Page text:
Raising the Roof of the Rockies
A Geologic History of the Mountains and of the Ice Age in Rocky Mountain National Park


Necessarily, this history has been based on the work of many geologists who have discussed their observations and conclusions in hundreds of technical articles published in a wide variety of scientific journals. A few of these reports are listed below. No overall geological treatise on the Park has ever been published and several parts of the Park have never been studied in detail. Fortunately the region outside the Park in Colorado and Wyoming is being intensively investigated at present, and I wish to thank specifically Norman M. Denson, Glenn A. Izett, Estella B. Leopold, G. Edward Lewis, Glenn R. Scott, Richard B. Taylor, and Donald E. Trimble for generously contributing their knowledge and ideas, and for helpful criticism of the manuscript. To Richard B. Taylor belongs credit for the discovery that Specimen Mountain and adjacent ridges are capped by an ashflow tuff and that they are not the remains of an extinct volcano; also that the volcanic rock filling the ancient valley at Iceberg Lake is ashflow tuff rather than a rhyolite flow, as had been thought. The ages of the glaciations and interglaciations of the Ice Age are determined from the relations of correlative glacial and interglacial deposits in Yellowstone National Park to volcanic rocks dated by J. D. Obradovich. The 1.6-million-year-old glacial deposit in Yellowstone National Park was found and its relations determined by K. L. Pierce. Richard G. Baker is studying the pollen from deposits in Yellowstone National Park on which statements about the climate of the last interglacial—a time in question—are based. Personnel of the National Park Service have assisted materially through providing photographs and editing and arranging publication, especially Dwight L. Hamilton, Chief Park Naturalist, Rocky Mountain National Park, and Wayne Alcorn, N.P.S. (retired), who took many of the photos. Special thanks go to my wife, Amelie Z. Richmond, for her patience and help in all phases of preparation of the manuscript.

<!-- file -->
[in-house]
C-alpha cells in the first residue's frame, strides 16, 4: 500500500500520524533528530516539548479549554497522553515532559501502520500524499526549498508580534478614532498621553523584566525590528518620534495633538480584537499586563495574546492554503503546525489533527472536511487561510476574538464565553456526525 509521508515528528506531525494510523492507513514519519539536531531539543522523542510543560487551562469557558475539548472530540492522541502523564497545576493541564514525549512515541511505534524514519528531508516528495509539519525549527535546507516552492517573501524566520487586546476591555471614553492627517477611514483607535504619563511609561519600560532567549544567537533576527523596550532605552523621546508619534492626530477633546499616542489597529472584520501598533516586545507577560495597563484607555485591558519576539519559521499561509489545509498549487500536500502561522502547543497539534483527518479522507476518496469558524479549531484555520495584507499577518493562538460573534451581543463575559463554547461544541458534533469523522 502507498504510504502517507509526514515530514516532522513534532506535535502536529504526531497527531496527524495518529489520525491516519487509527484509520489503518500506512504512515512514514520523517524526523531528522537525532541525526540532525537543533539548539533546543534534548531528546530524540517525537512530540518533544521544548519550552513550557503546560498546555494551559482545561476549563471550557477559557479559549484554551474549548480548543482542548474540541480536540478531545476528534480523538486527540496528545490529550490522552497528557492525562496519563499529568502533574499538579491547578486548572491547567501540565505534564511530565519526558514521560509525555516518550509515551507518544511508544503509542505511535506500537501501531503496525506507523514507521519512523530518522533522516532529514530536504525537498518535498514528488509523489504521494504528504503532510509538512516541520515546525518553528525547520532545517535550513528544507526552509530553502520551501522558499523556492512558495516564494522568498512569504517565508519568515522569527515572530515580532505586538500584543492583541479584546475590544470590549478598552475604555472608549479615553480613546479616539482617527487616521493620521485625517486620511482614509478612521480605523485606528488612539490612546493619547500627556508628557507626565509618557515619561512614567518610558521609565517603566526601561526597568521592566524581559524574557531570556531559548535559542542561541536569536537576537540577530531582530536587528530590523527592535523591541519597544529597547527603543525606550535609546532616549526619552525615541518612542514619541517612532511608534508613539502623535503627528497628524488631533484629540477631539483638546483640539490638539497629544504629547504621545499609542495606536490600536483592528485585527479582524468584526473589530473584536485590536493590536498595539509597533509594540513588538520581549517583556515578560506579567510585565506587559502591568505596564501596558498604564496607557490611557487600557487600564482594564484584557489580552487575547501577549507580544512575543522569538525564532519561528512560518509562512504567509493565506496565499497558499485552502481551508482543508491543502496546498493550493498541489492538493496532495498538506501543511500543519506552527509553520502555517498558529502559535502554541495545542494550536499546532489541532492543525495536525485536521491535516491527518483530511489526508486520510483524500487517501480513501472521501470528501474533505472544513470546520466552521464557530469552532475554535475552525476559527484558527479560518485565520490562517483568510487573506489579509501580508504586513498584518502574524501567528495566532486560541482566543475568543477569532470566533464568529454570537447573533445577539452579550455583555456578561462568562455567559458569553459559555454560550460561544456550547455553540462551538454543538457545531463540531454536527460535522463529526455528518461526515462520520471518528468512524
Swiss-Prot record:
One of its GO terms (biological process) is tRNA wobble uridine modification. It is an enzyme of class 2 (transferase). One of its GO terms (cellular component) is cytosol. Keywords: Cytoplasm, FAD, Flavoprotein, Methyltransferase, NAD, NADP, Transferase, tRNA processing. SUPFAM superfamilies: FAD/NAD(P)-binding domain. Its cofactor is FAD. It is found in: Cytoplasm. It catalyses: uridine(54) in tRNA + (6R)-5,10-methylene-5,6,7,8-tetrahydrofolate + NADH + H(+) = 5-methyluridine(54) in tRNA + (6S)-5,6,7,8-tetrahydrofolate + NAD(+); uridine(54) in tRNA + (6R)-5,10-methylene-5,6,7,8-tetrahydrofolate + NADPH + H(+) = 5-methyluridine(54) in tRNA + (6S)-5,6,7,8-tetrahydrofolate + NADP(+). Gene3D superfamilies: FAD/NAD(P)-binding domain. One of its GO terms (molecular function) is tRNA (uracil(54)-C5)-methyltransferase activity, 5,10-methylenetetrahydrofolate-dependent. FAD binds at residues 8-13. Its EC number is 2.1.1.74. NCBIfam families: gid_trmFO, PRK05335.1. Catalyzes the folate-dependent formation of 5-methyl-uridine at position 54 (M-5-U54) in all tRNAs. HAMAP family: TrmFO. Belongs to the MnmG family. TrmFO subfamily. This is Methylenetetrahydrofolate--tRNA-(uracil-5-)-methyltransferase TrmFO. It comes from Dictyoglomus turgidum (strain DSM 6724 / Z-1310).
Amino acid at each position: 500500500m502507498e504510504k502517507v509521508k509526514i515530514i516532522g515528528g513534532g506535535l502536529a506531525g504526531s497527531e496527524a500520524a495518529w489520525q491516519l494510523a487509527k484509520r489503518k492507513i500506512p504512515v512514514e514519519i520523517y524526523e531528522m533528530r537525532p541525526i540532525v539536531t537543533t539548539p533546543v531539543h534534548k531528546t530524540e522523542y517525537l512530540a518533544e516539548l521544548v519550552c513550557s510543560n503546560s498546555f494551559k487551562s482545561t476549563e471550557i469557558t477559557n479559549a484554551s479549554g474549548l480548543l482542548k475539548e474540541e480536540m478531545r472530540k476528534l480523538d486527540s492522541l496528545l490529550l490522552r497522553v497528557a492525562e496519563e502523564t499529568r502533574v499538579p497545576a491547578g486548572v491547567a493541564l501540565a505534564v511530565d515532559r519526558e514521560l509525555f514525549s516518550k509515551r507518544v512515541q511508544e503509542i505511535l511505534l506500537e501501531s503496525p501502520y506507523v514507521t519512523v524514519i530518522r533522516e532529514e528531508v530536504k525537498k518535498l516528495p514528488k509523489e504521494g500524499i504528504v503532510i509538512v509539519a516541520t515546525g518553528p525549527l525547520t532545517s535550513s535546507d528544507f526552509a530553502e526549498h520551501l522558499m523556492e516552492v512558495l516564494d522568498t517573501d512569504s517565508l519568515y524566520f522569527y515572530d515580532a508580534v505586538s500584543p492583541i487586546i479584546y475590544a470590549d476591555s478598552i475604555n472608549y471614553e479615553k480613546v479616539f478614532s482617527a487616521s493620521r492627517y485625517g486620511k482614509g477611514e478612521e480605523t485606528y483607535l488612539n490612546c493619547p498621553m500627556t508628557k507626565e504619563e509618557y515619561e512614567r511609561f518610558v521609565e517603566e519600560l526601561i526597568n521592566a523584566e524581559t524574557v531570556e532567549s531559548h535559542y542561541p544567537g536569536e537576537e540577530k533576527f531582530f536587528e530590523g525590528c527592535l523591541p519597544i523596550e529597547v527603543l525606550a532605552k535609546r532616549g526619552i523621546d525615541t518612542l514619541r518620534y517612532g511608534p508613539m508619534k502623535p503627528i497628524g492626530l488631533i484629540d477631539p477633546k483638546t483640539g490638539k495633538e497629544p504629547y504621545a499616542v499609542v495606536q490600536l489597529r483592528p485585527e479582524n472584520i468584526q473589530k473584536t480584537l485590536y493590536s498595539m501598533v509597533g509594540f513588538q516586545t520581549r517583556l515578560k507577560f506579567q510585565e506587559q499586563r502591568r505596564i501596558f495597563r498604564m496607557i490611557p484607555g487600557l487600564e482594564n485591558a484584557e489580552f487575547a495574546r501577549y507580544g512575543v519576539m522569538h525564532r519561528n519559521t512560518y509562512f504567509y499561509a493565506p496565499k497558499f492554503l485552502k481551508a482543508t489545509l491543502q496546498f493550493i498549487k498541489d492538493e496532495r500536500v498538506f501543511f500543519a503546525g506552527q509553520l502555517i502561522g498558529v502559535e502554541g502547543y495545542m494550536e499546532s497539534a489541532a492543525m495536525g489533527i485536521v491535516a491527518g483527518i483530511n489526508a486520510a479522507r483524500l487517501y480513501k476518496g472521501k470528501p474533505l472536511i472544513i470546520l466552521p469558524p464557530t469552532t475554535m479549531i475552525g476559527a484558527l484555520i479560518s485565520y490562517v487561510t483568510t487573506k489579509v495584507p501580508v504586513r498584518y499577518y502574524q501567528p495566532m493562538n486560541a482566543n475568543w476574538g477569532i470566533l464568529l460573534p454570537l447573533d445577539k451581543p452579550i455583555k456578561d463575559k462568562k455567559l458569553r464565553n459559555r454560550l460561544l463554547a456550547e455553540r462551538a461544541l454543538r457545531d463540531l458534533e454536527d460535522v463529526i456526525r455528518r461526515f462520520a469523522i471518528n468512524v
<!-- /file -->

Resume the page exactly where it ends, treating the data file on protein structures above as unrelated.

Gerald M. Richmond, a native of Rhode Island, received his bachelor of arts degree from Brown University, his master of arts degree from Harvard University, and his doctor of philosophy degree from the University of Colorado. He began his studies of the Rocky Mountains in 1938, in the Wind River Range of Wyoming. Following a year of work in the Canal Zone, he joined the U.S. Geological Survey in 1942. He has resided in Denver since 1946. His field of research, the Ice Age in the Rocky Mountains, has included studies in Rocky Mountain, Glacier, and Yellowstone National Parks. His publications comprise more than 70 professional reports and maps. A year of research in the Alps in 1961 resulted in a paper comparing the glacial stratigraphy of the Alps and Rocky Mountains. In 1965, he received the Geological Society of America Kirk Bryan Award for a paper on the Quaternary Stratigraphy of the La Sal Mountains, Utah. He has served as president of the Colorado Scientific Society, and was elected an Honorary Life Member in 1971. He has also served as chairman of the Division of Geomorphology and Glacial Geology of the Geological Society of America, as Secretary-General of the VII Congress of the International Union for Quaternary Research, held in Boulder, Colorado, in 1965, and as president of that International Union from 1965 to 1969. He is a Fellow of the Geological Society of America and active in other scientific organizations. In 1969 he initiated the organization of the American Association for Quaternary Research.

BACK COVER: Hallett Peak viewed along Bierstadt Moraine. (Dwight L. Hamilton)


Rocky Mountain National Park is administered by the National Park Service, U.S. Department of the Interior. A superintendent, whose address is Estes Park, Colo. 80517, is in immediate charge.


As the Nation's principal conservation agency, the Department of the Interior has basic responsibilities for water, fish, wildlife, mineral, land, park, and recreational resources. Indian and Territorial affairs are other major concerns of America's "Department of Natural Resources." The Department works to assure the wisest choice in managing all our resources so each will make its full contribution to a better United States—now and in the future.


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Last Updated: 8-May-2007
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